Effective Business Communication with Precision Questioning and Answering

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Presented by: Kristin Lamendola

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  • 1.Kristin Lamendola Vervago Effective Business Communication with Society of Women Engineers WE12 November 10, 2011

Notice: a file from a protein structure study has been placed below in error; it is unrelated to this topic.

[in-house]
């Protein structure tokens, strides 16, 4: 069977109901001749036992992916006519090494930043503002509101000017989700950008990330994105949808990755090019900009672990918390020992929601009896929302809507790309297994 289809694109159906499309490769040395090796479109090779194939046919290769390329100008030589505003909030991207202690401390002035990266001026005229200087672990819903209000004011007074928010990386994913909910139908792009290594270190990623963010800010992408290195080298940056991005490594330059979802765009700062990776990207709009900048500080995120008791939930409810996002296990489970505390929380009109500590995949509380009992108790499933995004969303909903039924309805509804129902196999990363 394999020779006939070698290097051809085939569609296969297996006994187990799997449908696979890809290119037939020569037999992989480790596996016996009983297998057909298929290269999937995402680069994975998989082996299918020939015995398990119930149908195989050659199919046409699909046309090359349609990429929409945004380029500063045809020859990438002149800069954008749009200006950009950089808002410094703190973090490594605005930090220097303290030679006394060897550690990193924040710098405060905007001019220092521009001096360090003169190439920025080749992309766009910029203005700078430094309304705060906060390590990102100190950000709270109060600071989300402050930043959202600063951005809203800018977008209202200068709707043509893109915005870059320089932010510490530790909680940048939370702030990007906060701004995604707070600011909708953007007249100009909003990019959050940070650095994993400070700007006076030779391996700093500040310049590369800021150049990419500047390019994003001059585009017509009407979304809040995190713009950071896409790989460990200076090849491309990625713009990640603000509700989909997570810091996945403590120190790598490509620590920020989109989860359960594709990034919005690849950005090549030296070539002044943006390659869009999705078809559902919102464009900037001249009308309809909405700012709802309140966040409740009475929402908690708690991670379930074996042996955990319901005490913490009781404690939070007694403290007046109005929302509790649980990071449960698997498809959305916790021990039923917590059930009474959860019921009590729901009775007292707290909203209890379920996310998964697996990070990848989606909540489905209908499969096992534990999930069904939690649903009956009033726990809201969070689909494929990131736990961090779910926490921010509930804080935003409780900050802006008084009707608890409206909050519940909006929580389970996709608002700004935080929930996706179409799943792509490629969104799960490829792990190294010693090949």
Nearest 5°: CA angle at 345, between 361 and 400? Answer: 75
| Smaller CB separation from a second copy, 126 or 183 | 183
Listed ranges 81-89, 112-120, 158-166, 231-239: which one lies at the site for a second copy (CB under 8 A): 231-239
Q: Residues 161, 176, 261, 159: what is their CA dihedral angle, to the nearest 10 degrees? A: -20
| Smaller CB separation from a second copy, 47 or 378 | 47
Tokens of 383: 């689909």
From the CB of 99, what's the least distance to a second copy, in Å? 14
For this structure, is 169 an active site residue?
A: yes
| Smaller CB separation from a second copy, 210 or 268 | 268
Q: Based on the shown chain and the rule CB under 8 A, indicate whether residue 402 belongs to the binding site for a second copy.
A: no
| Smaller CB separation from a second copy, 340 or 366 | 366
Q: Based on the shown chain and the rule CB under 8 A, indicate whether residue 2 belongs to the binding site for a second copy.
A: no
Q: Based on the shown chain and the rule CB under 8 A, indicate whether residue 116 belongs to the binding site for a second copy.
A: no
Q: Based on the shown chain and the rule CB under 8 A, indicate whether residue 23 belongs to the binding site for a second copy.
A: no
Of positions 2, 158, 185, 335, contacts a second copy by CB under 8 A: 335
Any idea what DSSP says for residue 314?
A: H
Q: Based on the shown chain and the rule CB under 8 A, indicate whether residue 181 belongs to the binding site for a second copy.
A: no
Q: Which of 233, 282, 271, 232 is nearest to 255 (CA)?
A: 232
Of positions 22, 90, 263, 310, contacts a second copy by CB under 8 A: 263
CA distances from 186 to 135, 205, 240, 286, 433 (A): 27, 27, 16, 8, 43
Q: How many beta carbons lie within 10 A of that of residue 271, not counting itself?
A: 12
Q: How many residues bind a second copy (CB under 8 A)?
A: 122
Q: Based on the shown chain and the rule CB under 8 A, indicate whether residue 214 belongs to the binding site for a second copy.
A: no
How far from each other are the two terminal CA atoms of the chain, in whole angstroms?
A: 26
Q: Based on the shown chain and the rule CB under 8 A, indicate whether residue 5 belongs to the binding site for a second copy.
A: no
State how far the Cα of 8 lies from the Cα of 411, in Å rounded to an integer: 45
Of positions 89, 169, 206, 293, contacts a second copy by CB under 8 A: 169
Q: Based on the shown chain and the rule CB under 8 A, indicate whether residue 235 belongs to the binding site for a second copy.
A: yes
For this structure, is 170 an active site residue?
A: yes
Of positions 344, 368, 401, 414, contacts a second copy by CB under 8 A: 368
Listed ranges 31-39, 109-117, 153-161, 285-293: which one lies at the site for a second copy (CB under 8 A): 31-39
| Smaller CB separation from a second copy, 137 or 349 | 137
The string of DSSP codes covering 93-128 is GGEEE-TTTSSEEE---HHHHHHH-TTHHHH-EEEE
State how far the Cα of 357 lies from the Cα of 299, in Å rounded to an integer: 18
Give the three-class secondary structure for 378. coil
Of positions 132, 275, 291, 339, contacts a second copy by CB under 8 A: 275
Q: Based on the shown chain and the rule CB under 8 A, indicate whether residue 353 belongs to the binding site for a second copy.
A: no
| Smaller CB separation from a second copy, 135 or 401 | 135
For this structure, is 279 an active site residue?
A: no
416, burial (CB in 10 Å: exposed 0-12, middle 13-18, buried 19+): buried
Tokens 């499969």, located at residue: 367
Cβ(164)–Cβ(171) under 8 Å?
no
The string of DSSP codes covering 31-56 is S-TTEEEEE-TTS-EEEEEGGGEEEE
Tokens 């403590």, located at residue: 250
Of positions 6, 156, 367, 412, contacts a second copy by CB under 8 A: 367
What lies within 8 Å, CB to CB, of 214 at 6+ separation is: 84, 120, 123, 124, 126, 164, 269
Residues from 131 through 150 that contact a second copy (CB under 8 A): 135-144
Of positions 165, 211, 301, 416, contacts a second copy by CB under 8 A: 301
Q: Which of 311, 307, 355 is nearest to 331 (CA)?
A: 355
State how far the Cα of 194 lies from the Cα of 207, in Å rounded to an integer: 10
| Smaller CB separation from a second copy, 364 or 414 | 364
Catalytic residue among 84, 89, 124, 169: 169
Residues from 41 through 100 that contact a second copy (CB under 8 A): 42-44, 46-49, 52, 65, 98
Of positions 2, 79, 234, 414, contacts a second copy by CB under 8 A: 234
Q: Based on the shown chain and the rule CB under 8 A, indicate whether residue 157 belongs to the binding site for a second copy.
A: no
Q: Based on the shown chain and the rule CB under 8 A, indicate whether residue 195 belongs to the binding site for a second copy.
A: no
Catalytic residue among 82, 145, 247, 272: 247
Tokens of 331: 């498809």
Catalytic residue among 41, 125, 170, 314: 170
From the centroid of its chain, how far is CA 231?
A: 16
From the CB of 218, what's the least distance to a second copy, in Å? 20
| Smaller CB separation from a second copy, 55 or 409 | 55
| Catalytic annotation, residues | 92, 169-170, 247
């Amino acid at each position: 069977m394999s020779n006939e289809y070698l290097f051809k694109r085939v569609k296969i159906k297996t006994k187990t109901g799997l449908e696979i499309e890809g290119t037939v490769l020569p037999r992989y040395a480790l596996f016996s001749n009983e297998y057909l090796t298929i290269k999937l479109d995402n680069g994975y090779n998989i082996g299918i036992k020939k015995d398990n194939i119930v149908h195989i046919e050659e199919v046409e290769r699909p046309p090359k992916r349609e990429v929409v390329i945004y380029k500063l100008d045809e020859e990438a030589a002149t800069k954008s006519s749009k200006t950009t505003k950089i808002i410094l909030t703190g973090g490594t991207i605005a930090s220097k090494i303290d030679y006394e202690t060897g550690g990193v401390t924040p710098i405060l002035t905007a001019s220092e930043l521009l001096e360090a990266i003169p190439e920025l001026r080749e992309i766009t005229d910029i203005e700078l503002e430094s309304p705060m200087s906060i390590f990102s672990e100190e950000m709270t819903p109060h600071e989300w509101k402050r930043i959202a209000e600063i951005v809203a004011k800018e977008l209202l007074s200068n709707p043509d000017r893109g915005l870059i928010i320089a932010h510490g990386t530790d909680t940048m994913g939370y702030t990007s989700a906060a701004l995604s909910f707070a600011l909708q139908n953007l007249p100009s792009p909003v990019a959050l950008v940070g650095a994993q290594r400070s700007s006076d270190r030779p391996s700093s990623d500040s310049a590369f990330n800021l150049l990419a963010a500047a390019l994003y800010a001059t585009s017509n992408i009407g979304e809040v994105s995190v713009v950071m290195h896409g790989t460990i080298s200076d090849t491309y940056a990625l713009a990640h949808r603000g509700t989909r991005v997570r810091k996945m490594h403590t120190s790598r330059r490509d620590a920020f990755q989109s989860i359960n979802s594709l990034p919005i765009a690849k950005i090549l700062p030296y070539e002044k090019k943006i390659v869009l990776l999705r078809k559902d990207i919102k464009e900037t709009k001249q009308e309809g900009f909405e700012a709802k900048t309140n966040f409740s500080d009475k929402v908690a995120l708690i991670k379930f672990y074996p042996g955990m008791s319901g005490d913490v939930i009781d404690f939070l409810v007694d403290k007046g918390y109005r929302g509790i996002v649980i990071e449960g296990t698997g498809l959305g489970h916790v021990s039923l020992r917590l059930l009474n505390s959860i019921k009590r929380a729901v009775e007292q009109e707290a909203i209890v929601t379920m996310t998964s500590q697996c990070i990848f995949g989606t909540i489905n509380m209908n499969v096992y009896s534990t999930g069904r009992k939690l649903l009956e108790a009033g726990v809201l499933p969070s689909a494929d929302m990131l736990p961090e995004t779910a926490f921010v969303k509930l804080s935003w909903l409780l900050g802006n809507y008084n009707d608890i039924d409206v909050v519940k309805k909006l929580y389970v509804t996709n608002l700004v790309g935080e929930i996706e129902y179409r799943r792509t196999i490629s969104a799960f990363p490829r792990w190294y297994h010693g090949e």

2. Todays Learning Objectives Use Precision Questioning and Precision Answering to make discussion more efficient Use the Precision Questioning Toolkit to analyze problems from different angles Use Precision Answering to preserve credibility in interactions with executives, senior management and stakeholders. 3. Background for this work Fifteen years of development at Stanford University Observations or interviews with 225 executives 25 longitudinal studies of executives In 2007, 55 formal interviews in 9 industries In-depth study of PQ+A in two global companies Cypress Semiconductor Microsoft - 3 - 4. Four deep trends Information overload Higher levels of complexity Complexity is dynamic Increased time crunch Time The pressure to improve discussion The efficiency of typical business meetings - 4 - 5. Two factors make it difficult to manage complexity and overload in meetings Questions that lack focus Answers that destroy focus - 5 - 6. When answers lack focus Not clear Not crisp Not concise - 6 - 7. Whats going wrong? She asks a precise question What are the unit sales for the urban and suburban segments? He hears a generic question Give me an update. He believes hes helping the discussion by providing valuable context - 7 - 8. Precision Answering solves the problem The basics of PA Answer the question that was asked Start with the core Keep it short The benefits of PA Better focus Greater efficiency - 8 - 9. When questions lack focus Low efficiency No depth - 9 - 10. Whats going wrong? We shouldnt be asking this: What do the lines show us? If the question in our mind is this: At the end of the quarter, what was the rate at which sales were decreasing? Is the rate of decrease slowing down or speeding up? - 10 - 11. Precision Questioning solves the problem The basics of PQ Be precise Get to the heart of the matter The benefits of PQ Greater efficiency Better analysis - 11 - 12. Precision Questioning 13. Drill-down questions fall into seven categories - 13 - 14. The seven categories - 14 - Solid-state device performance requirements are becoming more complex. 15. Write down an issue using one of these formats Use a real issue from your work Write legibly ___ is more complex than expected. ___ is taking more ___ [time, resources, etc.] than expected. - 15 - 16. We are now going to the PQ Gym We will use your issue to practice the categories one at a time Like practicing grounders, pop ups, line drives, bunts Real PQ is more fluid than this - 16 - 17. Instructions for two-minute drills Pair up with a partner Decide roles One person presents issue & answers questions Other person asks questions Dont change roles until instructed to These are practice drills for the questioner; this will not be a fluid discussion Answers should be short, honest, and realistic Please wait to begin - 17 - 18. Establish the big picture Presenter starts Show them the written statement Give an overview of your issue (about 30 seconds) Then questioner goes Ask questions that help you understand the big picture (about 60 seconds) Big picture questions are mostly clarifications - 18 - 19. Go/NoGo questions guide energy and focus Setting up a good meeting Who should participate? Goal? How much time? Who should tee up the issue? Shaping the direction once the meeting begins Are we focused on the right thing? Are we asking the right questions? Should we take this off-line? - 19 - 20. Examples of Go/NoGo questions OK Who should attend? Better Who knows more about this, Ellen or Bill? OK What would be the goal of the meeting? Better Is a half-hour enough time to both review the data and figure out the underlying causes of the problem? - 20 - 21. Practice Go/NoGo questions Ask questions that would help them set up a real meeting to discuss this issue ___ is more complex than expected. ___ is taking more ___ [time, resources, etc.] than expected. - 21 - 22. Clarification questions sharpen the meaning By clarification we mean clarification of the meaning of words and sentences Three main types of clarification Clarifying slippery words Asking graph questions Asking pivot table questions - 22 - 23. Clarification of slippery words A slippery word means one thing to one person and something different to another person OK What do you mean by complex? Better Complex in what ways? Do you mean complex with respect to number of parts? Complex with respect to number of dependencies? Solid-state device performance requirements are becoming more complex. - 23 - 24. Practice clarifying slippery words Clarify words that might mean something different to the presenter than to you. ___ is more complex than expected. ___ is taking more ___ [time, resources, etc.] than expected. - 24 - 25. Clarification through graph questions Draw the graph with questions When did the complexity start to increase? How far have you fallen behind the original projections? Are you losing ground or gaining ground? Solid-state device performance requirements are becoming more complex. - 25 - 26. Clarification through pivot table questions Pivot table questioning Picture the parts Question the parts Examples Show it to me by ___ (gender, age, location). Where has morale been the most difficult to improve? Where has morale been easiest to improve? Improving morale is turning out to be more difficult than we expected. - 26 - 27. Practice graph and pivot table clarification Graph questions Pivot table questions ___ is more complex than expected. ___ is taking more ___ [time, resources, etc.] than expected. - 27 - 28. Assumption questions go deep An assumption is something that must be true in order for the statement to be true The difficulty: assumptions are in whats not said Useful tip: phrase your questions this way Are we assuming? Are we assuming? - 28 - 29. Common categories of assumptions Im looking for the solution to the problem of Existence Are we assuming a problem exists? Uniqueness Are we assuming theres only one problem? Measurement Are we assuming we can measure improvement? Value Are we assuming its bad? Time, Constancy Are we assuming the problem isnt changing over time? - 29 - 30. Practice assumption questions Are we assuming...? Are we assuming...? Are we assuming...? ___ is more complex than expected. ___ is taking more ___ [time, resources, etc.] than expected. - 30 - 31. BCQs ask for evidence Two main types of BCQs Questions about the validity of the data Questions about the credibility of the sources of information - 31 - 32. BCQ: questions about the validity of data Not How do you know thats true? OK Whats the data say? Better How complete is the data? How accurate is the data? Is the sample representative of the population? Is the sample large enough? - 32 - 33. Practice data questions Ask questions about the validity of their data ___ is more complex than expected. ___ is taking more ___ [time, resources, etc.] than expected. - 33 - 34. Establish the big picture New presenter Show your written statement as you give an overview (about 30 seconds) New questioner Ask questions that help you understand the big picture (about 60 seconds) Big picture questions are mostly clarifications - 34 - 35. BCQ: questions about the credibility of sources of information OK Where did you hear this? Better Did you hear it from somebody who was on the project at the beginning? Do you have 100% confidence in what they are telling you? Should you check with other people who were on the project at the beginning? - 35 - 36. Practice source questions Ask questions about the credibility of their sources of information ___ is more complex than expected. ___ is taking more ___ [time, resources, etc.] than expected. - 36 - 37. Questions about causes help us control You may have heard about the five whys Why did it happen? What caused that? What caused that? What caused that? What caused that? Here are five precise whys What triggered this (an event)? Is there a root cause (a condition of vulnerability)? What is the mechanism (how does it work)? What are the drivers (pushes)? What are the inhibitors (pulls)? - 37 - 38. Cause questions OK Why were our initial expectations so unrealistic? Better Was the root cause the fact that this was a different type of problem than we have seen in the past? OK Why is it becoming more complex? Better What are the main drivers of complexity? - 38 - 39. Practice cause questions Root cause? Trigger? Drivers? Inhibitors? Mechanism? ___ is more complex than expected. ___ is taking more ___ [time, resources, etc.] than expected. - 39 - 40. Questions about effects help us predict When thinking about the future, we tend to oversimplify This 3x3 matrix helps us be more precise Best case Worst case Most likely Short term Medium term Long term - 40 - 41. Effects questions OK How long will it take? Better Worst case, how long will it take? OK What will be the result? Better What will the long-term consequences be? - 41 - 42. Practice effect questions Ask questions like this: Suppose you dont change anything. In the ___ term, whats the ___ case for ___? ___ is more complex than expected. ___ is taking more ___ [time, resources, etc.] than expected. - 42 - 43. Questions about action Many more options than what should we do about it? What is our strategy? What tactics will we use to enact our strategy? What is our plan for the coming week? Is our goal a root cause fix? Or is it just containment? - 43 - 44. Practice action questions Ask questions like these: Can you do a root-cause fix on this? Should you just try to contain it? ___ is more complex than expected. ___ is taking more ___ [time, resources, etc